Looking at 2012 minor league attendance figures

David Phelps vs. the Sea Dogs

David Kronheim of numbertamer.com has put out his annual analysis of minor league baseball attendance, and it’s got some illuminating tidbits among its 80 pages. You can download the full report at his site, but I scanned through it last night for some of the locally relevant figures.

(Note that when I refer to “minor league baseball,” I mean teams affiliated with Major League organizations. Those not affiliated are referred to as independent teams/leagues. All analysis is Kronheim’s; I’m just pulling the local figures. I threw in a few nuggets — Roger Clemens, Rickey Henderson and Scranton’s thwarted request to play in Newark last year — but that’s it from me.)

Lakewood BlueClaws

The Lakewood BlueClaws were one of two Class A teams to average more than 6,000 fans per game in 2012. The Claws’ 6,031 over 68 home dates trailed only the high-Class A Dayton Dragons, who drew 8,532 for 69 dates and have sold out every game in their 13-year history. Dayton’s run of 913 consecutive sellouts — including postseason contests and an all-star game, and counting — is the longest sellout streak in North American sports history, according to Kronheim.

Lakewood had the ninth-highest increase in all of minor league baseball from 2011 to 2012, with 28,043 more fans last season for a 2012 total of 410,113. The increase was mostly a result of nine games in 2011 lost because of weather; the 2012 season saw seven more home dates than the previous summer.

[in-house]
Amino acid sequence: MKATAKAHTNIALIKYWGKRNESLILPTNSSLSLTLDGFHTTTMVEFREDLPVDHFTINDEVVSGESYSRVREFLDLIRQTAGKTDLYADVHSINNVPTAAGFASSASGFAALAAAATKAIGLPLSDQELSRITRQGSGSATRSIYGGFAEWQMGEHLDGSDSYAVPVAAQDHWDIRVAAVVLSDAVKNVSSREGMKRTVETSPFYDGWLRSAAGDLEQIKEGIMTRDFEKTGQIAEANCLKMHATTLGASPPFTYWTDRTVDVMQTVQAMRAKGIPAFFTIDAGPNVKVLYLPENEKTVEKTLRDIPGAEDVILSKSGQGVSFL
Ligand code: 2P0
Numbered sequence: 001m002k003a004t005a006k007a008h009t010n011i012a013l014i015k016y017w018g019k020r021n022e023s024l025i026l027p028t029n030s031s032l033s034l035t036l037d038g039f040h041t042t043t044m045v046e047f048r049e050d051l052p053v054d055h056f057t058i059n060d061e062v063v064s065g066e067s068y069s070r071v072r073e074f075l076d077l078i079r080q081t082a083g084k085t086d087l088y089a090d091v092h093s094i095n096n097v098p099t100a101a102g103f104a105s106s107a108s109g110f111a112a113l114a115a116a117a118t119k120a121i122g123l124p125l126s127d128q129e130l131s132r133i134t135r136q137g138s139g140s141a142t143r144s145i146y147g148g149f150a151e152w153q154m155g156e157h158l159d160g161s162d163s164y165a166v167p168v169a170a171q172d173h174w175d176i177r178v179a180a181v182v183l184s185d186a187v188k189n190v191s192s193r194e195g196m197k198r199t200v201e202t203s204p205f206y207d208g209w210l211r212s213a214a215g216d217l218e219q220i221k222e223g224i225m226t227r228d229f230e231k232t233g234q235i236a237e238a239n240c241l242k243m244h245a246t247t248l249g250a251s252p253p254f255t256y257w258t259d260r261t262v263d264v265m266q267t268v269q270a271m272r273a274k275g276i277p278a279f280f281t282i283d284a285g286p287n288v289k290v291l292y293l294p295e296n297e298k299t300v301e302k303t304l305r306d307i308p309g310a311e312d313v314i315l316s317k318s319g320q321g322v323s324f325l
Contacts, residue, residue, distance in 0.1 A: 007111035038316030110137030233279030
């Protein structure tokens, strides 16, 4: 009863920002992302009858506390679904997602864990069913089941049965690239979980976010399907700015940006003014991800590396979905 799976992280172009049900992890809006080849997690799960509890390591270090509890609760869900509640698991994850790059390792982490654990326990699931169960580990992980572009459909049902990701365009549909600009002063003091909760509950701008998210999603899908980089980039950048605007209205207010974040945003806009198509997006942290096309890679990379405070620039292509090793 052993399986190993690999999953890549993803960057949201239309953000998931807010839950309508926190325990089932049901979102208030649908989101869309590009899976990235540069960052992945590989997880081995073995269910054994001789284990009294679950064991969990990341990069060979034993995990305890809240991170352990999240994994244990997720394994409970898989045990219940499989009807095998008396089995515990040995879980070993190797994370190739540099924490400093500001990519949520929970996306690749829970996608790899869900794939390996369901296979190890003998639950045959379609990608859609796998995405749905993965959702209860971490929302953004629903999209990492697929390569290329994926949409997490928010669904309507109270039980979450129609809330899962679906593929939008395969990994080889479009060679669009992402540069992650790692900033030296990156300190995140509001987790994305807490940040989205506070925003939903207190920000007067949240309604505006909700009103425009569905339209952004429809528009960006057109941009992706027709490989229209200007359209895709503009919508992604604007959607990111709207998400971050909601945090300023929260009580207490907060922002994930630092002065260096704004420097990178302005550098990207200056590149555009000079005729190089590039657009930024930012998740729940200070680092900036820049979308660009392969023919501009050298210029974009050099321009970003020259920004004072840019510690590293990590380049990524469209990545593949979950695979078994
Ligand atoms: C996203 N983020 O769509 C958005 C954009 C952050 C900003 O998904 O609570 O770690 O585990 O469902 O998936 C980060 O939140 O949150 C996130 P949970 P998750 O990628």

Lakewood was one of three Phillies affiliates to lead its league. Clearwater (177,297) led the Florida State League and Lehigh Valley (622,421) led the International League.

Lakewood led the South Atlantic League in both total and average per game and topped 400,000 for the 11th time in its 12 years (those nine 2011 rainouts resulting in the only blip).

The BlueClaws have led the Sally League in total attendance 10 of their 12 years, and in those other two years, they led in per-game average (more than 6,000 every year).

Lakewood’s inaugural season in 2001 drew 482,206, still a South Atlantic League — and New Jersey — record. That was a 14-fold increase (emphasis Kronheim’s) over the 32,641 that the franchise drew in 2000, its final season in Fayetteville, N.C. Those Cape Fear Crocs drew just 32,641.

In his analysis of minor league baseball in Major League markets, Kronheim put Lakewood in the New York market, which the BlueClaws led. The independent Long Island Ducks were second with 377,473 on 68 dates, followed by the Somerset Patriots (350,295 for 66 dates).

Trenton Thunder

Kronheim places Trenton in the Philadelphia market, where it ranked third with 373,355 fans over 69 dates. Lehigh Valley led, followed by the Reading Phillies (426,623 in 67 dates). The independent Atlantic League’s Camden RiverSharks drew 231,987 in its 67 dates.

Trenton set a Double-A record of drawing more than 400,000 fans in 14 consecutive seasons from 1995-2008, but Reading broke it last season with its 15th straight such season.

Trenton’s all-time high of 457,344 was set in 1998. Of the 12 current Eastern League cities, only Binghamton (259,183 in 1992) and Bowie (463,976 in 1995) have older highs. Akron’s record high of 522,459 came in 1999, but every other Eastern League franchise has set its high after 2000. The most recent were Harrisburg (294,325), New Britain (368,523) and Richmond (463,842 — its Double-A high), all in 2010.

The Atlantic League